Was this a problem? Abso-frickin-lutely!

The excuse I kept hearing from my friends who were sticking out their difficult relationships was “I’m practicing for marriage.” Really? So you’re going to settle for an absolutely awful relationship, when you could go off and find a person better suited to you? “Well, I don’t want to go through men like water.” One of my friends commented to me once. Well then don’t. I wanted to say to her. Don’t just fall for anyone, choose to take your friggin time and don’t just start up relationships willy nilly! Doesn’t seem that hard.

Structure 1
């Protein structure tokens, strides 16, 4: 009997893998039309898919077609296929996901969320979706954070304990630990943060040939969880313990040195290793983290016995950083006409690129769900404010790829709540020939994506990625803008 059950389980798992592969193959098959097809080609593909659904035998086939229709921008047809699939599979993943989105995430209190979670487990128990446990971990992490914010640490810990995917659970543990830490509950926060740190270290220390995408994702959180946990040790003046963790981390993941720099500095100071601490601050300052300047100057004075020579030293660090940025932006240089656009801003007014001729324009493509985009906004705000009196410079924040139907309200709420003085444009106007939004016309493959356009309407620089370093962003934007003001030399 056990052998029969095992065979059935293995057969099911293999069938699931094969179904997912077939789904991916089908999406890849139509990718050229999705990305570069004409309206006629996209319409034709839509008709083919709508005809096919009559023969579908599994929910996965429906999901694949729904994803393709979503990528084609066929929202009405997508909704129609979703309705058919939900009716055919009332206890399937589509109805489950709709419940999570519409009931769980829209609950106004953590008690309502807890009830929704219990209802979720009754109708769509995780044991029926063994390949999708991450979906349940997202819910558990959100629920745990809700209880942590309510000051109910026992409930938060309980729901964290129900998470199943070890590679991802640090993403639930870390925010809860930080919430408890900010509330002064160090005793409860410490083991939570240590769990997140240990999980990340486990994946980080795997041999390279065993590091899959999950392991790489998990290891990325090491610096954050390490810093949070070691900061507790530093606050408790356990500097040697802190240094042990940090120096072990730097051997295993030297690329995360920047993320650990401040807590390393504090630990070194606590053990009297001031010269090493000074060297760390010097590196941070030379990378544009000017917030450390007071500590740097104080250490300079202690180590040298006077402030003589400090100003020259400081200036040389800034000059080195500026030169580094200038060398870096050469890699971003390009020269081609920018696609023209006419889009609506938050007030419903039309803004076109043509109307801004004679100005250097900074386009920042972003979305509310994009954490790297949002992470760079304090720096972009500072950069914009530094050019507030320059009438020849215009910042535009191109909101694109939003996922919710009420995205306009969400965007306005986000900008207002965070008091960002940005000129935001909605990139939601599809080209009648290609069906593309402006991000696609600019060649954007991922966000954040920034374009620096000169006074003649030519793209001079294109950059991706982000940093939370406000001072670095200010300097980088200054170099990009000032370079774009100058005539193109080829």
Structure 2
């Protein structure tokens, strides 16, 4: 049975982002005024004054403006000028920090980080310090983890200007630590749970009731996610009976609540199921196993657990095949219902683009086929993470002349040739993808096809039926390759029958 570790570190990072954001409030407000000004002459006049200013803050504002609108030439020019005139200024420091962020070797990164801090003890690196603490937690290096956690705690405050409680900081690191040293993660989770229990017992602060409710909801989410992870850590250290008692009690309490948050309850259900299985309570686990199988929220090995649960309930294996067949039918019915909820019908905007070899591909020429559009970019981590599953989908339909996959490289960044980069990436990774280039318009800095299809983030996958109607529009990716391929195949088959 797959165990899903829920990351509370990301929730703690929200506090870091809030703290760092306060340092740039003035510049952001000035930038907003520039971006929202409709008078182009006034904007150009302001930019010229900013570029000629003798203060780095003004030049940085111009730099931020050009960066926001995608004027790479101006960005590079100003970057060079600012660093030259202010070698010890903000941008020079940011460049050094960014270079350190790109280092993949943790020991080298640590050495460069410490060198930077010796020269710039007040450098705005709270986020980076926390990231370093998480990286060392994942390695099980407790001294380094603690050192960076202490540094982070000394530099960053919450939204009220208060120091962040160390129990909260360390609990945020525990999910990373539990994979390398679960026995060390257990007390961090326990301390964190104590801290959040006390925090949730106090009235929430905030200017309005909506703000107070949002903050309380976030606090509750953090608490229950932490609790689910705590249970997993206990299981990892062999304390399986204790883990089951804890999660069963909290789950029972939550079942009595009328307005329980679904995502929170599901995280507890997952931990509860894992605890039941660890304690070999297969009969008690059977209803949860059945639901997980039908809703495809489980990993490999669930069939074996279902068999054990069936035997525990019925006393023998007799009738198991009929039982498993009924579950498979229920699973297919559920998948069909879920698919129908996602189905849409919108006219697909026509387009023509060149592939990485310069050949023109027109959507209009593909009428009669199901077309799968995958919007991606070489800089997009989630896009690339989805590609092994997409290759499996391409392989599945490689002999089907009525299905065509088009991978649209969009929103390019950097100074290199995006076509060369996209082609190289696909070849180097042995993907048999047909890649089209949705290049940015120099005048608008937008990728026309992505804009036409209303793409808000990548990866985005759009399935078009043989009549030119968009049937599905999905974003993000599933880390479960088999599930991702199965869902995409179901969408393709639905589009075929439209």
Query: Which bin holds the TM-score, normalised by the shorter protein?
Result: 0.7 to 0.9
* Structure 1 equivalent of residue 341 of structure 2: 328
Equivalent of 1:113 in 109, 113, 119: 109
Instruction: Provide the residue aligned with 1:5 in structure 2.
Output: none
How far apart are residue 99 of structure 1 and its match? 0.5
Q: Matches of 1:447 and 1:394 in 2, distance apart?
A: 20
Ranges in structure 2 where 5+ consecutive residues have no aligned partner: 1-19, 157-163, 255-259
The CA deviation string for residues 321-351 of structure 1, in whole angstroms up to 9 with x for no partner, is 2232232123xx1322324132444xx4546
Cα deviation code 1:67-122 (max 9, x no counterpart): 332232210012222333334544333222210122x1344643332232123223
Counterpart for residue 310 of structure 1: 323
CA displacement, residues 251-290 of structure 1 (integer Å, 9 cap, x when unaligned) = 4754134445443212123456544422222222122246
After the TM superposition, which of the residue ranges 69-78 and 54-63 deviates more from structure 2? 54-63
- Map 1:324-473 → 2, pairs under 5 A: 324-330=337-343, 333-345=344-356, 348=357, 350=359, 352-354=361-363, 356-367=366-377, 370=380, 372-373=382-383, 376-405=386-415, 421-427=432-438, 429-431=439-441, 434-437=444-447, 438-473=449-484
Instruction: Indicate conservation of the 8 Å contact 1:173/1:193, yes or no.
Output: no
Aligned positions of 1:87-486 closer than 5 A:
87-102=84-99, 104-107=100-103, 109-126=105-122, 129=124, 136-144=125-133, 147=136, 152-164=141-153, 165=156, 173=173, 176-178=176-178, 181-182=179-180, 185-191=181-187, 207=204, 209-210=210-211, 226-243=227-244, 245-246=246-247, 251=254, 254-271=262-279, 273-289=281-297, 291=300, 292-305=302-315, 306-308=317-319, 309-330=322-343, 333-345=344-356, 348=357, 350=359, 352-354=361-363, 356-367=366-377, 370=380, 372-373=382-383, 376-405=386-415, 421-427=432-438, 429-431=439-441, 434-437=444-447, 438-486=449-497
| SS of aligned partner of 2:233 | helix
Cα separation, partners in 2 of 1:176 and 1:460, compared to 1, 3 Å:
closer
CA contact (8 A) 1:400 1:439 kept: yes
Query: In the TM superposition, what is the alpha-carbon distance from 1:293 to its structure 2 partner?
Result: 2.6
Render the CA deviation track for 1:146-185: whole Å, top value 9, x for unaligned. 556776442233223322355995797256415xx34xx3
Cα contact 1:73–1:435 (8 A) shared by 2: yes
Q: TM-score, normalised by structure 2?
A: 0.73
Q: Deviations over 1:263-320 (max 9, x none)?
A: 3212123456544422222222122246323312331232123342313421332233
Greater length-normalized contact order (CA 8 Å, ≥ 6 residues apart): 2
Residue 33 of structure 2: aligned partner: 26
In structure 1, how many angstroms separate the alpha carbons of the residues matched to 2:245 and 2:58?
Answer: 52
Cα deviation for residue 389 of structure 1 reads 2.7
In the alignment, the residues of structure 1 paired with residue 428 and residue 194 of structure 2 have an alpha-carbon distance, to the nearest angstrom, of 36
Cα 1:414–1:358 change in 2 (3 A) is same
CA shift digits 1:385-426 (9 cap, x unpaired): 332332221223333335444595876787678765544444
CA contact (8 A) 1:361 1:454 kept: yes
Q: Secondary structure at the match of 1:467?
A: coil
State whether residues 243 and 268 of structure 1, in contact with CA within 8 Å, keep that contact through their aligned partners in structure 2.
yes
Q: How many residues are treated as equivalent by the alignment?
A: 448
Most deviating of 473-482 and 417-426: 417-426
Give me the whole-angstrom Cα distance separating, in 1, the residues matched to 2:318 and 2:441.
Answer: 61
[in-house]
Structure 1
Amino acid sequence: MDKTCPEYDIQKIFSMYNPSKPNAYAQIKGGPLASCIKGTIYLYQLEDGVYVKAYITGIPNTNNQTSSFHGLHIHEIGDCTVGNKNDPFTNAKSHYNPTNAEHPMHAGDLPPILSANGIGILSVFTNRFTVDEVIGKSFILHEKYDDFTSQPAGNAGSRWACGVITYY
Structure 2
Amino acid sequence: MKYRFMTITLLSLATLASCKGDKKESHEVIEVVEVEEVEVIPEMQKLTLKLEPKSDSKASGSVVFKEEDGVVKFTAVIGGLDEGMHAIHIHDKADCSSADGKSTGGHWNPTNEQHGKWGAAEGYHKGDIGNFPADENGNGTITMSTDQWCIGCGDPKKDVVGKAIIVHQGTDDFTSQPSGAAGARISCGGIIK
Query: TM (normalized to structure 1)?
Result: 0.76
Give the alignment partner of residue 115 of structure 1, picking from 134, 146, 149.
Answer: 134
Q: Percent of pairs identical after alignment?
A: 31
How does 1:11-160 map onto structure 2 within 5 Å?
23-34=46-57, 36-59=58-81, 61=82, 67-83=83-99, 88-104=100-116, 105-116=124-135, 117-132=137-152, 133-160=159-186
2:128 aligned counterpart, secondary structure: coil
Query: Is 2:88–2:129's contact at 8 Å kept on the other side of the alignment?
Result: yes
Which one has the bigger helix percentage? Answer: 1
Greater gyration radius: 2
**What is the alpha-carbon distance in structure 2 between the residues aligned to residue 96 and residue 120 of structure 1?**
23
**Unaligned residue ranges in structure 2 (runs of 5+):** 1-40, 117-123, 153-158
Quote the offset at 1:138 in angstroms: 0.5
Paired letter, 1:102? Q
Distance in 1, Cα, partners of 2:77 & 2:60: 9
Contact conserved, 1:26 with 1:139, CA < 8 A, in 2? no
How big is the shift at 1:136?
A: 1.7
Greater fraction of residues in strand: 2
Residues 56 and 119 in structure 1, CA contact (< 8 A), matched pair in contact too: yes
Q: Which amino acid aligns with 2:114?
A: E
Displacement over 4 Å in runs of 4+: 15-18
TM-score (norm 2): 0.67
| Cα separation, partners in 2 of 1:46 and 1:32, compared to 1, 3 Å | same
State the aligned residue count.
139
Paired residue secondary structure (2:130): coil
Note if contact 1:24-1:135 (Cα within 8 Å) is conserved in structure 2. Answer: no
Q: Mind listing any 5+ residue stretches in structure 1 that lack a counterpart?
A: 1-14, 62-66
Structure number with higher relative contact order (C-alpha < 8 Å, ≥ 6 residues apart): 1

It’s no wonder secular culture seems to get it right. For so many reasons. They don’t feel obligated by a divine being to “stick it out” in dating relationships (which last time I checked wasn’t in the Bible when discussing dating…because dating wasn’t a thing back then, but that is another story for another time, about the evolution of culture). They “worship” the people they end up with, because the human spirit is the highest form of intelligence and compatibility they know. You see it in poetry, in art, hear it in music. People sing about sexual experiences and people like we Christians sing about our Creator. It is very difficult to separate yourself from something you have made your whole life, not just a role filler, or back up plan to fill in for your flaws. I think people in secular culture understand this better, because they do not try to mix it in with “everything will one day perish” and “there are no spouses in Heaven” and “women are beneath the man” and all kinds of other misunderstood or agenda warped (*cough* unbiblical *cough*) theology. They spend their time feeling it without knowing the words or reason for it. They don’t need to. All they know is life is short, and that other person matters to them. It is instinctual. It is innate. It is the beauty of being created with raw emotion. It is the analogy for God’s love. They don’t know it that way in their head, but they feel it in their heart, to be loved despite flaws is what was meant to be.